| Rebecca RoyN8586799Tutor: Jenny Houtsma
[BSB123 - Data analysis research report]
Analyzing the relationships between different variables in relation to one year returns within the superannuation industry.
Current Data (One Variable Analysis
5.0 Bivariate and Trivariate Analysis
5.1 Impact of Investment Strategy on One Year Returns
5.2 Impact of Three Year Returns on One Year Returns
5.3 Impact of Investment Strategy and Three Year Returns on One Year Returns
Superannuation is something that is relevant to all working Australians and making the correct decisions can have enormous effects on the future. From the age of eighteen, each working Australian’s employer begins to make employer contributions to their superannuation fund. Once the employer begins to make contributions, the employee must start making decisions regarding the investment strategy, segment and specific fund that these contributions are being invested into. By analysing data from historical and present standpoints, it will become evident which superannuation funds have the ability to prosper in the future, while other funds may plummet, essentially reviewing the entire Australian superannuation industry.
In every set of data, whether it be from a population or sample, there is the possibility of outliers. These outliers have the ability to distort or misrepresent the data and can have harmful effects through the analysing process, and can often taint the results. To find the outliers in a set of data, the z-scores of each figure must be found (see Appendix 1). If the z-score calculated is below negative three or above positive three, it is considered on outlier. For this set of superannuation data two of the z-scores fell just below negative three, making them outliers. A decision has been made however, to leave them in as they are just on the outskirts of the data and are not likely to taint or distort the data. This also means that the data being analysed gives a review of the entire superannuation industry.
3.0 Historical Analysis
Analysing past data can give some direction as to where a particular industry is headed in the future. In the case of the superannuation industry, a consistent history gives the consumer confidence in the company they are investing with, whereas an inconsistent history will not promote consumer confidence. The graph below (Figure 1) shows the annual rate of return on superannuation in Australia over the past fifteen years.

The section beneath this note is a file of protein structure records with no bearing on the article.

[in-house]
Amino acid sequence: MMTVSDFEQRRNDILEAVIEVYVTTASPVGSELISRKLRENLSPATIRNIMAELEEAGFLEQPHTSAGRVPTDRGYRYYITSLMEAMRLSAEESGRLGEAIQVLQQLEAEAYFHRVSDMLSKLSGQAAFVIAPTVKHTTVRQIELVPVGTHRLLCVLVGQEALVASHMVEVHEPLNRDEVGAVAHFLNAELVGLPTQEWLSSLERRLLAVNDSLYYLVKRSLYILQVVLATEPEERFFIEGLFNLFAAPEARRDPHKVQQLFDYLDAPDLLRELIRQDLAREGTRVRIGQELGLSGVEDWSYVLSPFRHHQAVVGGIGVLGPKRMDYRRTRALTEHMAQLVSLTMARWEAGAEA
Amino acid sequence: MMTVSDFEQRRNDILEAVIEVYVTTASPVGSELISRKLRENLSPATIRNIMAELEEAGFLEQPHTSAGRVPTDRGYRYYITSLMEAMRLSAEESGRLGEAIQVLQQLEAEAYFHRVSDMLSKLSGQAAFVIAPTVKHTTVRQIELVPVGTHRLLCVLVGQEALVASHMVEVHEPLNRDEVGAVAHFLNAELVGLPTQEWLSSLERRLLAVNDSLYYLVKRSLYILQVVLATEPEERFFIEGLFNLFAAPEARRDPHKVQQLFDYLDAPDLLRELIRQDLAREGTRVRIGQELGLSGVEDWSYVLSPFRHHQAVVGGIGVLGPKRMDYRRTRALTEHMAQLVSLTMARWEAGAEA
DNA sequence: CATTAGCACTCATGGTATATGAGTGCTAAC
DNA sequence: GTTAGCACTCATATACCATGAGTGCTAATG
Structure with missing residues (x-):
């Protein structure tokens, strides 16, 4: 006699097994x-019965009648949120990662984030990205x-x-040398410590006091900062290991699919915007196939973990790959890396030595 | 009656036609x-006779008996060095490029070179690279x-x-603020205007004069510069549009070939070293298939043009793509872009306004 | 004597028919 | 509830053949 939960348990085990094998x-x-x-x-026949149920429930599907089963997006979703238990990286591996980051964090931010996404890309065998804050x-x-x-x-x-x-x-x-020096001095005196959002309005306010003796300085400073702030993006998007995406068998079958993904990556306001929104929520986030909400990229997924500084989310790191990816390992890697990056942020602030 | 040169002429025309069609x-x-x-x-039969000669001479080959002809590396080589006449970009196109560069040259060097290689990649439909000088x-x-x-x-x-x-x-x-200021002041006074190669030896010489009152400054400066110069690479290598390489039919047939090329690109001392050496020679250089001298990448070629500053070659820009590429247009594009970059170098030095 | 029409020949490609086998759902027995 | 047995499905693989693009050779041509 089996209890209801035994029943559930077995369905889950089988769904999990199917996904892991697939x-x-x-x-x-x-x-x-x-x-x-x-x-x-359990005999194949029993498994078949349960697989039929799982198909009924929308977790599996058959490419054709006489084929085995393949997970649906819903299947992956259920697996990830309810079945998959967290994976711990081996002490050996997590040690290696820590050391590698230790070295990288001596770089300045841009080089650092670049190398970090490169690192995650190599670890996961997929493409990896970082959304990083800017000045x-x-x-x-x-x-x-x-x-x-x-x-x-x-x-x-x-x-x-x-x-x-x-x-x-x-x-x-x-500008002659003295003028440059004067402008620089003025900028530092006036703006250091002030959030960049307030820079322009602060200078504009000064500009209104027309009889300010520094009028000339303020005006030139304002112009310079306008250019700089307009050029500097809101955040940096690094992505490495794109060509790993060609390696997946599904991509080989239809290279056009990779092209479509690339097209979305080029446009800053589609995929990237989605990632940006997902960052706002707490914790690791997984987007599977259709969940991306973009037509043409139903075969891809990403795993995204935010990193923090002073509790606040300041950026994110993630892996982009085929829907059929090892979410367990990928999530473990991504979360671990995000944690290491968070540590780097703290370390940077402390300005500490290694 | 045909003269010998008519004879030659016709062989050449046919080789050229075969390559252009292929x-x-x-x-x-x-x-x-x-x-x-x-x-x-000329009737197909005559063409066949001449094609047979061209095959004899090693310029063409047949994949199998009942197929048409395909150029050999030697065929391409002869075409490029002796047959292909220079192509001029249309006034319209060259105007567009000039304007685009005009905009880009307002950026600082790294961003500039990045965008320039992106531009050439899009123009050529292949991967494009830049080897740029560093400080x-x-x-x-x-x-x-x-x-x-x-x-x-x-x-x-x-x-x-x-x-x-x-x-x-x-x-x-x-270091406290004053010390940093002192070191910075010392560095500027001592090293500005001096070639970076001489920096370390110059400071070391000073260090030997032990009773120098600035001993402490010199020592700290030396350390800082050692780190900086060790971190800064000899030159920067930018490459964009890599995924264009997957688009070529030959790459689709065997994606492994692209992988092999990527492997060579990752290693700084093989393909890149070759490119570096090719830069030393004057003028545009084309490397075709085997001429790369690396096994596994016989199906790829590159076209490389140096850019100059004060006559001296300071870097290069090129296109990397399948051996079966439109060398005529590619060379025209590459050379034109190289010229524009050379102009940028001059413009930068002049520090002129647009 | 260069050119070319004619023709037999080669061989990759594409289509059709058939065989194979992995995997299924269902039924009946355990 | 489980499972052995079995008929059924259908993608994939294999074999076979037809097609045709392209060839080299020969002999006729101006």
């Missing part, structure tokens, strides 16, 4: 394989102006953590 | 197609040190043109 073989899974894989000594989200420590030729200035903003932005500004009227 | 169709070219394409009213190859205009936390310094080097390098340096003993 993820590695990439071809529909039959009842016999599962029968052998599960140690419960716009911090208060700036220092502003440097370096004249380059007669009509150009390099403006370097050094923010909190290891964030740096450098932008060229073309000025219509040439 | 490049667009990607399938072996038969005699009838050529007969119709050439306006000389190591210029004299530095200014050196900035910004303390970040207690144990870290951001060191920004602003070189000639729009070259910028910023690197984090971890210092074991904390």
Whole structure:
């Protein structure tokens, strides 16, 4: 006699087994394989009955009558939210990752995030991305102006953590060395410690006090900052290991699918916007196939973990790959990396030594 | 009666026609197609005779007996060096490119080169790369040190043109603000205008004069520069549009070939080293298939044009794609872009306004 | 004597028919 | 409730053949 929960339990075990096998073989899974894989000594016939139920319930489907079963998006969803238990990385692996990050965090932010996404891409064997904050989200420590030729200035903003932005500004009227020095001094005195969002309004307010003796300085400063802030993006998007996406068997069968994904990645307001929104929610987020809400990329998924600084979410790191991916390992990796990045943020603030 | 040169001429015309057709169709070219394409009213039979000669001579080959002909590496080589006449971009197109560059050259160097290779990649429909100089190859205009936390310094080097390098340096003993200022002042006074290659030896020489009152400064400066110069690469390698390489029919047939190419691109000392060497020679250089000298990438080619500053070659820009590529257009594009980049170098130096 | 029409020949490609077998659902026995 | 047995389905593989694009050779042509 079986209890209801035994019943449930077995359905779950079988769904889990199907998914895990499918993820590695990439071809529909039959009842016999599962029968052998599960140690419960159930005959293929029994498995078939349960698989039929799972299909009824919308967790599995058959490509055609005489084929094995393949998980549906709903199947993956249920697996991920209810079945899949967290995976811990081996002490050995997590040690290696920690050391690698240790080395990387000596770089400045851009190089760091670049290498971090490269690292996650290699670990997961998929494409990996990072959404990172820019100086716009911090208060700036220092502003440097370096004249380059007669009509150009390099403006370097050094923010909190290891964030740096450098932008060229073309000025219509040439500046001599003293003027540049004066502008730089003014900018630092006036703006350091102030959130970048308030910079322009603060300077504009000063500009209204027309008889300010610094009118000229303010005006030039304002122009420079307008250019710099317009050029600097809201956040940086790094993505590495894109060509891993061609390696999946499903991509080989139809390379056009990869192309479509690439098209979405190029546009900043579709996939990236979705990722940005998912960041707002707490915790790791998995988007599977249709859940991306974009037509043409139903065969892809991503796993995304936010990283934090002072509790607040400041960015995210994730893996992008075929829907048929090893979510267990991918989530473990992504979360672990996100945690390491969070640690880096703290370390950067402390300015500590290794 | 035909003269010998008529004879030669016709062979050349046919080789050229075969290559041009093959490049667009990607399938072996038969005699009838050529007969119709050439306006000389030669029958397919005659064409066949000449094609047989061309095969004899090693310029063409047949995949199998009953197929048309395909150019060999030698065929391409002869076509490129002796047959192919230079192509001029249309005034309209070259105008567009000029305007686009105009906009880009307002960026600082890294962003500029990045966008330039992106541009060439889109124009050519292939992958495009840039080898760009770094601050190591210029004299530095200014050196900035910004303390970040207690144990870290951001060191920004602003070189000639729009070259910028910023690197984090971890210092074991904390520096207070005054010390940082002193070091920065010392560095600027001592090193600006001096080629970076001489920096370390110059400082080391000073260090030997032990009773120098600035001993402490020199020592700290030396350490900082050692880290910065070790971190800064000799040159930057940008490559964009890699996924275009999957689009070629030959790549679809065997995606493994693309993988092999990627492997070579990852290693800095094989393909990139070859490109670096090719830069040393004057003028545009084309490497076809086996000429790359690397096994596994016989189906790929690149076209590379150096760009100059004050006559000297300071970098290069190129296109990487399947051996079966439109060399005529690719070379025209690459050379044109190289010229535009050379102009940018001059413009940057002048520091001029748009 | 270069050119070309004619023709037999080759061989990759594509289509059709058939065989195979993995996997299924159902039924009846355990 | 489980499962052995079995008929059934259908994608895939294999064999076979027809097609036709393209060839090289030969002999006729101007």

Figure 1 – Annual Rate of Return
Figure 1 – Annual Rate of Return
During the past fifteen years, the average yearly return has varied considerably, in 2007 the average rate of return was at its highest at 14.5 per cent, whereas in 2009 it reached its lowest of the period at -11.5 per cent. The major fluctuations in the annual rate of return can be accredited to real life events, the first of which, occurring in 2000. This could be a result of the introduction of Goods and Services Tax (GST), this occurrence was a ‘one-off’and that economically, Australia recovered quite quickly, as GST swiftly regulated itself into the economy. The second major slump in the annual rate of return; occurring in 2008 could be a result of the Global Financial Crisis (GFC), similar occurrences was seen all around the world, and compared to other major nations of the world, Australia performed strongly under the pressure. This fast recovery through 2009, 2010 and 2011 was due to Australia’s mining boom and close trade relationship with China, and other Asian nations. Both of these events had diverse effects on the Australian economy, and as can be seen on the above graph, the Australian superannuation industry. Even with these slumps however, the current performance of superannuation funds is on the last...
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